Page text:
April 12, 2014

A hat made of a hat… or what I call a "meta-hat"

This is the hat I made for last year’s  Stroll with a Hat (Passejada amb Barret).

Whether or not to sketch before making a hat is something that is often discussed in the forums. I think it simply depends on the type of hat, and possibly on your working process. I enjoy sketching although I’m not particularly good at it, but it works for me. Many sketches don’t get to become a hat, but I often review old sketches for self-inspiration. From sketch to finished product it’s often a long process with many changes. In this case the hat started as an open hat box, and it was only later on that I decided to add the top hat:


My choice of material for the structure of the hat was “toile gommée”, a very stiff canvas that is sold in France and that is very hard to work with, but that added the stiffness required for the hat box. It’s very hard to sew through, so it’s not my material of choice. It can be blocked because the stiffener softens with steam and water, but it takes muscle!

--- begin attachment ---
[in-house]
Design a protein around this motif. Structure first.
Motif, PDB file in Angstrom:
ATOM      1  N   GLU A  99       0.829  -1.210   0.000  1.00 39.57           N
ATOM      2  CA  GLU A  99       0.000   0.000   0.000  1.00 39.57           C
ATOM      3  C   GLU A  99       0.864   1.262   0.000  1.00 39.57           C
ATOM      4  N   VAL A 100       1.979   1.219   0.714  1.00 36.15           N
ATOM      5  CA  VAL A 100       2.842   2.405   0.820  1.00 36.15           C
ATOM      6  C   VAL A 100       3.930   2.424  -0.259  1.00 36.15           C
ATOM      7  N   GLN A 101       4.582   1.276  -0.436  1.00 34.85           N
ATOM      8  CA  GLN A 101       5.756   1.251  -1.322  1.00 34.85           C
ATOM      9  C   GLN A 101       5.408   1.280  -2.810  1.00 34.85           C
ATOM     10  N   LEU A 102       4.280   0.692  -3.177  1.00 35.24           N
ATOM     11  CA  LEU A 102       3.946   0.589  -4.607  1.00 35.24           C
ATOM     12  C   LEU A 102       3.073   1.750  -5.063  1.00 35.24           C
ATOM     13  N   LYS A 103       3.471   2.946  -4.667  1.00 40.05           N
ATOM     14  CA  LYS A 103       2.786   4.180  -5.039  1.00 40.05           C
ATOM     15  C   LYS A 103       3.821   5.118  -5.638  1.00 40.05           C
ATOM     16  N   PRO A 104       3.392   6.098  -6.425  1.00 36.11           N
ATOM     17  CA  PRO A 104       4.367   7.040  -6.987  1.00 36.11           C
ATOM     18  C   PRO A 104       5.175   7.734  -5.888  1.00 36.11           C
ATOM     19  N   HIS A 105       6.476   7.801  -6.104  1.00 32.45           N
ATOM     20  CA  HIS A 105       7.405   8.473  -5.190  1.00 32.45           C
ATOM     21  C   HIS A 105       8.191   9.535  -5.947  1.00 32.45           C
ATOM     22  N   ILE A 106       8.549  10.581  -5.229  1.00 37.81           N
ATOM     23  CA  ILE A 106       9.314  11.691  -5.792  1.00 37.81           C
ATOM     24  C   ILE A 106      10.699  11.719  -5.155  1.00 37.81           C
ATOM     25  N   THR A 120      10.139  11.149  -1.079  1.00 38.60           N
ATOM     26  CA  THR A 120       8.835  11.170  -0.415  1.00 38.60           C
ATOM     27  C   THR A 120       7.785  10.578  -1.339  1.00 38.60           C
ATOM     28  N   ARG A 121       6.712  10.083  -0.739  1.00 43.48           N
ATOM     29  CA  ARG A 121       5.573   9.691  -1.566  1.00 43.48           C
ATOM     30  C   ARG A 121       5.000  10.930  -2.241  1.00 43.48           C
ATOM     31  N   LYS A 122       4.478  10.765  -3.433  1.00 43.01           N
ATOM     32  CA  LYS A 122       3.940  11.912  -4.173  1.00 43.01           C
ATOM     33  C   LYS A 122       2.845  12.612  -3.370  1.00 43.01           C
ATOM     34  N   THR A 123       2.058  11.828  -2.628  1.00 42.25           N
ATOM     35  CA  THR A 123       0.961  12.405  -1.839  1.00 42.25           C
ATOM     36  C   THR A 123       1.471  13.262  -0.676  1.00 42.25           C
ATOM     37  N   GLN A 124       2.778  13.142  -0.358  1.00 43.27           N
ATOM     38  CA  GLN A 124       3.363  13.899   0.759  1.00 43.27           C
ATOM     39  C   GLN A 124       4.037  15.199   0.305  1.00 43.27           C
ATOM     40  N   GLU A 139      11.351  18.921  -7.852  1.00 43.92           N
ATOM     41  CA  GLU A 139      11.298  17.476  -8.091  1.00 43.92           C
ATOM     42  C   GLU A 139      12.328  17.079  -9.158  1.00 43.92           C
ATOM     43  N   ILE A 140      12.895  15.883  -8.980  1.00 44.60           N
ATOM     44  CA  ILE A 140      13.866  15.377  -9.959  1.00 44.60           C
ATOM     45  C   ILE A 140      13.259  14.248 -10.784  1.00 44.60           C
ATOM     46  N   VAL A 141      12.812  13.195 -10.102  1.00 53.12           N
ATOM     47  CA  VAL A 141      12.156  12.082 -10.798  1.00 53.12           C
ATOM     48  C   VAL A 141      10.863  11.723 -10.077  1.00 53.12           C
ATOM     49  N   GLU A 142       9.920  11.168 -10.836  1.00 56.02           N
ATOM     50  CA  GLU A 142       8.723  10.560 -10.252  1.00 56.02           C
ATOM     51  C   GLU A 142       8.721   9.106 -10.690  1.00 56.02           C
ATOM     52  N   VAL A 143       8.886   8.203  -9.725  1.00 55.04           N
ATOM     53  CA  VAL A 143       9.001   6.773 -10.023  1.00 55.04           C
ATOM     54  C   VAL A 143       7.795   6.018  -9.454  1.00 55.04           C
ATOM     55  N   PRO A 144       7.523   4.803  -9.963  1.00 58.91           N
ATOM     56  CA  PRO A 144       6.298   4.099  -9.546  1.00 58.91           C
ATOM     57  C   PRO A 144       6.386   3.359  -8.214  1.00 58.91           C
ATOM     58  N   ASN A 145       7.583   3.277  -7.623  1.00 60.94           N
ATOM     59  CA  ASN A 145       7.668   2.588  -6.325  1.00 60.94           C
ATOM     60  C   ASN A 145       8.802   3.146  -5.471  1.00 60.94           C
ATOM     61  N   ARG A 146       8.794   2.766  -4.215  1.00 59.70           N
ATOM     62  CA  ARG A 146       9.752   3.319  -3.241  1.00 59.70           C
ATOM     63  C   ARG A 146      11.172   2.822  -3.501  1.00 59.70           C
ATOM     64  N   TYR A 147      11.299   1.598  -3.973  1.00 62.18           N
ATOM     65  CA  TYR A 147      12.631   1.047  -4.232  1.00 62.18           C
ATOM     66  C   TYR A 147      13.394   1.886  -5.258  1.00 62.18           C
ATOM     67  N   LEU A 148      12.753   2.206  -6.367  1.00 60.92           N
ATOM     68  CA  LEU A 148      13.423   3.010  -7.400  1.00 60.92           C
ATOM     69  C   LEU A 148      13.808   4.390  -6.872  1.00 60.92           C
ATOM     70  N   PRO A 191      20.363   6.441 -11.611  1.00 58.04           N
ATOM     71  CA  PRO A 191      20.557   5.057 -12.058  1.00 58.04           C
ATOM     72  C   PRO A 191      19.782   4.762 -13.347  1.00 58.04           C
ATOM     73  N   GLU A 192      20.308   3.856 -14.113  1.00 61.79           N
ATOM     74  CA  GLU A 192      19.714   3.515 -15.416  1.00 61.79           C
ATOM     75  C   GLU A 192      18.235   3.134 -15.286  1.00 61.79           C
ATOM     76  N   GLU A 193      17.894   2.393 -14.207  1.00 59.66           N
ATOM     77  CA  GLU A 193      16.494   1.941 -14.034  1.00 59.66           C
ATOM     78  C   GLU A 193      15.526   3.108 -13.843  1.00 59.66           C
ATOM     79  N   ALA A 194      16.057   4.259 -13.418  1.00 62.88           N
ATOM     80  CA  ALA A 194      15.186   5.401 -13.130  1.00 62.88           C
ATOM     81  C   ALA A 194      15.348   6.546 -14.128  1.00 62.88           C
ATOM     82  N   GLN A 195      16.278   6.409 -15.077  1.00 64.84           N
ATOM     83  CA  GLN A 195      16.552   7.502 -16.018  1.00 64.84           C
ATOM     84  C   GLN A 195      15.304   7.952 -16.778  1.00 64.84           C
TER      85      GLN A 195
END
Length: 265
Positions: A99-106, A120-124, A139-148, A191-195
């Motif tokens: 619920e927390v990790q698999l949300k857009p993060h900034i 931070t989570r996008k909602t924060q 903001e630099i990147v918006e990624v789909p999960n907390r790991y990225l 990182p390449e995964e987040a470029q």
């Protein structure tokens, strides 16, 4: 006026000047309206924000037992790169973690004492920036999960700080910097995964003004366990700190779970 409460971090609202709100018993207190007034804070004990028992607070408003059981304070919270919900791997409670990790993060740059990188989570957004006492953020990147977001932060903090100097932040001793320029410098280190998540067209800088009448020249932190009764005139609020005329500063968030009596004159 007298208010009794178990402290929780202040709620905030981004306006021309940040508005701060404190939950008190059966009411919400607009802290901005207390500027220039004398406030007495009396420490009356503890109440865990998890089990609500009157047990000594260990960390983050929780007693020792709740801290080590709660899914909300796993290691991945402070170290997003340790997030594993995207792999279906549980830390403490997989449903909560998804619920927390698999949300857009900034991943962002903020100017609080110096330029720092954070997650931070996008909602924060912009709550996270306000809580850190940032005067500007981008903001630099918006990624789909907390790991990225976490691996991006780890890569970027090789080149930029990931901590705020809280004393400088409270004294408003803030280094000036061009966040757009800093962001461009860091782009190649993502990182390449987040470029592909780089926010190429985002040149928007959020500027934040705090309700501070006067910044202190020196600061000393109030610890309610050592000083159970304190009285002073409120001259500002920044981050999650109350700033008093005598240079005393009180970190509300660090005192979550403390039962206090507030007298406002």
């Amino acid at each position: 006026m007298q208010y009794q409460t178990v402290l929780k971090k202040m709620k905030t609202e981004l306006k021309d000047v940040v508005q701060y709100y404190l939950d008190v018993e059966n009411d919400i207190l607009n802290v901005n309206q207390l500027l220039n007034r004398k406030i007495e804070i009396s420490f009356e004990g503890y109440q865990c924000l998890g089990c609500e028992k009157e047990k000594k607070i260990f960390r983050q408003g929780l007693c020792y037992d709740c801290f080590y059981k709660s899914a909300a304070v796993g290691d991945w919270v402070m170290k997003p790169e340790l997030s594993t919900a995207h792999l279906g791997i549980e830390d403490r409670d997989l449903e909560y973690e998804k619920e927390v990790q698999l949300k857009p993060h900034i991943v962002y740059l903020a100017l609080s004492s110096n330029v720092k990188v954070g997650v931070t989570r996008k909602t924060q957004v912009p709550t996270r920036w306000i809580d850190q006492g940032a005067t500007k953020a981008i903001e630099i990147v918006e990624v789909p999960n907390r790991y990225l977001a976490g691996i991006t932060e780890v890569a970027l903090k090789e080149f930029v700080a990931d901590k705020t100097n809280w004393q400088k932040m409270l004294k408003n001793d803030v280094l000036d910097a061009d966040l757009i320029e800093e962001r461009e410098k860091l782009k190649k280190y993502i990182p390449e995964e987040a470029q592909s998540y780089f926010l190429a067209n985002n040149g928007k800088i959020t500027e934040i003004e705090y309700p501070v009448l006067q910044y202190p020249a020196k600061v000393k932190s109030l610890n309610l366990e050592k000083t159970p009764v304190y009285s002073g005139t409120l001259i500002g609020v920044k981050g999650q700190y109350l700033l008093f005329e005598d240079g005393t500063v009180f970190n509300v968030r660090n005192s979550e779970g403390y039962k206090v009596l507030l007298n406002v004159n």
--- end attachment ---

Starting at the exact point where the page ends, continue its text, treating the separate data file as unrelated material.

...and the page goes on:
The hat box is made of tie silk that comes in narrow bolts intended to make gentelman’s ties. I think this silk is what inspired me to make the hat because it just talks hat box to me. The “tissue paper” inside of the box is silk organza (from a leftover piece that my friend Paco Peralta gave me), and the hat is made of silk shantung to match the green cape that Paco made for me.

The most difficult part was the top hat, making sure all stitches where hidden and the fabric was nice and tight. Going “miniature” makes life very difficult, particularly with such a thick material as the toile gommée. But that stiffness of the material is what allowed me to flare the top of the hat with my hands with some water and when it dried it was rock hard.

Meta-hat1Another important moment when making a hat is deciding where and how to sew the elements that make it. I used two plastic headbands, covered with elastic cotton velvet ribbon, and I played a little with the position of the hat…


I wore this hat in Madrid for the Head over Heels event organized by Value Retail Spain at Las Rozas Outlet. Stephen Jones was the mentor of that event and we had the good fortune of getting an inspiring talk from him. I love that he praised those of us (all milliners) that were wearing a hat at the moment, if we don’t wear hats who is going to? And the big surprise? There were a few of his hats on display and one of them was a hat box with hats, how crazy is that?! Here you can see it, on the left, behind the great man himself. Could they be more different and yet spring from the same idea?: